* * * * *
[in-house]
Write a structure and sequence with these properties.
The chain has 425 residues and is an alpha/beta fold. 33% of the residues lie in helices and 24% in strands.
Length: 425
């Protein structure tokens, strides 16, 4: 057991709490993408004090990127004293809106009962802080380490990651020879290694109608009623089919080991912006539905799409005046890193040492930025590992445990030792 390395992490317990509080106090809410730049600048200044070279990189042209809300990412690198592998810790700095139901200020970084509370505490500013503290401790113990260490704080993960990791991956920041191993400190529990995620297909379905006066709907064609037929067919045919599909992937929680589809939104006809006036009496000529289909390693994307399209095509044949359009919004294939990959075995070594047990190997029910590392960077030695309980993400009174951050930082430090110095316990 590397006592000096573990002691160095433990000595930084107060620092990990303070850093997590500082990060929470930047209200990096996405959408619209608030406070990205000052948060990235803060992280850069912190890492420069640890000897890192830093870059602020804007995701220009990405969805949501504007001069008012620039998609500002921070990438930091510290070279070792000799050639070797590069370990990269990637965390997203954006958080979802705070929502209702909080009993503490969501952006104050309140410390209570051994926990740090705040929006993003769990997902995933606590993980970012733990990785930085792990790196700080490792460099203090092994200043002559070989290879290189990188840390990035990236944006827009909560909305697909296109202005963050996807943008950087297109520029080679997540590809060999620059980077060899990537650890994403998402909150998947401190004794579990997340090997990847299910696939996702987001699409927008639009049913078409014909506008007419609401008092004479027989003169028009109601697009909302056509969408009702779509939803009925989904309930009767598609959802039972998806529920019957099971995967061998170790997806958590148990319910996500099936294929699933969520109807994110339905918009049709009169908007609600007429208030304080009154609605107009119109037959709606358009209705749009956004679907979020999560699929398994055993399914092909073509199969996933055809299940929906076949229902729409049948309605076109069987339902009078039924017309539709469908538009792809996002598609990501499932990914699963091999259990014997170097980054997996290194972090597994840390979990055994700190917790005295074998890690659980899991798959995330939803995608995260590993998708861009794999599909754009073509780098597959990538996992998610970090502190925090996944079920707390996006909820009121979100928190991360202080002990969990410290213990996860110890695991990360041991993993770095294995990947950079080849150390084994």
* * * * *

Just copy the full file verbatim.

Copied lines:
[in-house]
Write a structure and sequence with these properties.
The chain has 425 residues and is an alpha/beta fold. 33% of the residues lie in helices and 24% in strands.
Length: 425
């Protein structure tokens, strides 16, 4: 057991709490993408004090990127004293809106009962802080380490990651020879290694109608009623089919080991912006539905799409005046890193040492930025590992445990030792 390395992490317990509080106090809410730049600048200044070279990189042209809300990412690198592998810790700095139901200020970084509370505490500013503290401790113990260490704080993960990791991956920041191993400190529990995620297909379905006066709907064609037929067919045919599909992937929680589809939104006809006036009496000529289909390693994307399209095509044949359009919004294939990959075995070594047990190997029910590392960077030695309980993400009174951050930082430090110095316990 590397006592000096573990002691160095433990000595930084107060620092990990303070850093997590500082990060929470930047209200990096996405959408619209608030406070990205000052948060990235803060992280850069912190890492420069640890000897890192830093870059602020804007995701220009990405969805949501504007001069008012620039998609500002921070990438930091510290070279070792000799050639070797590069370990990269990637965390997203954006958080979802705070929502209702909080009993503490969501952006104050309140410390209570051994926990740090705040929006993003769990997902995933606590993980970012733990990785930085792990790196700080490792460099203090092994200043002559070989290879290189990188840390990035990236944006827009909560909305697909296109202005963050996807943008950087297109520029080679997540590809060999620059980077060899990537650890994403998402909150998947401190004794579990997340090997990847299910696939996702987001699409927008639009049913078409014909506008007419609401008092004479027989003169028009109601697009909302056509969408009702779509939803009925989904309930009767598609959802039972998806529920019957099971995967061998170790997806958590148990319910996500099936294929699933969520109807994110339905918009049709009169908007609600007429208030304080009154609605107009119109037959709606358009209705749009956004679907979020999560699929398994055993399914092909073509199969996933055809299940929906076949229902729409049948309605076109069987339902009078039924017309539709469908538009792809996002598609990501499932990914699963091999259990014997170097980054997996290194972090597994840390979990055994700190917790005295074998890690659980899991798959995330939803995608995260590993998708861009794999599909754009073509780098597959990538996992998610970090502190925090996944079920707390996006909820009121979100928190991360202080002990969990410290213990996860110890695991990360041991993993770095294995990947950079080849150390084994």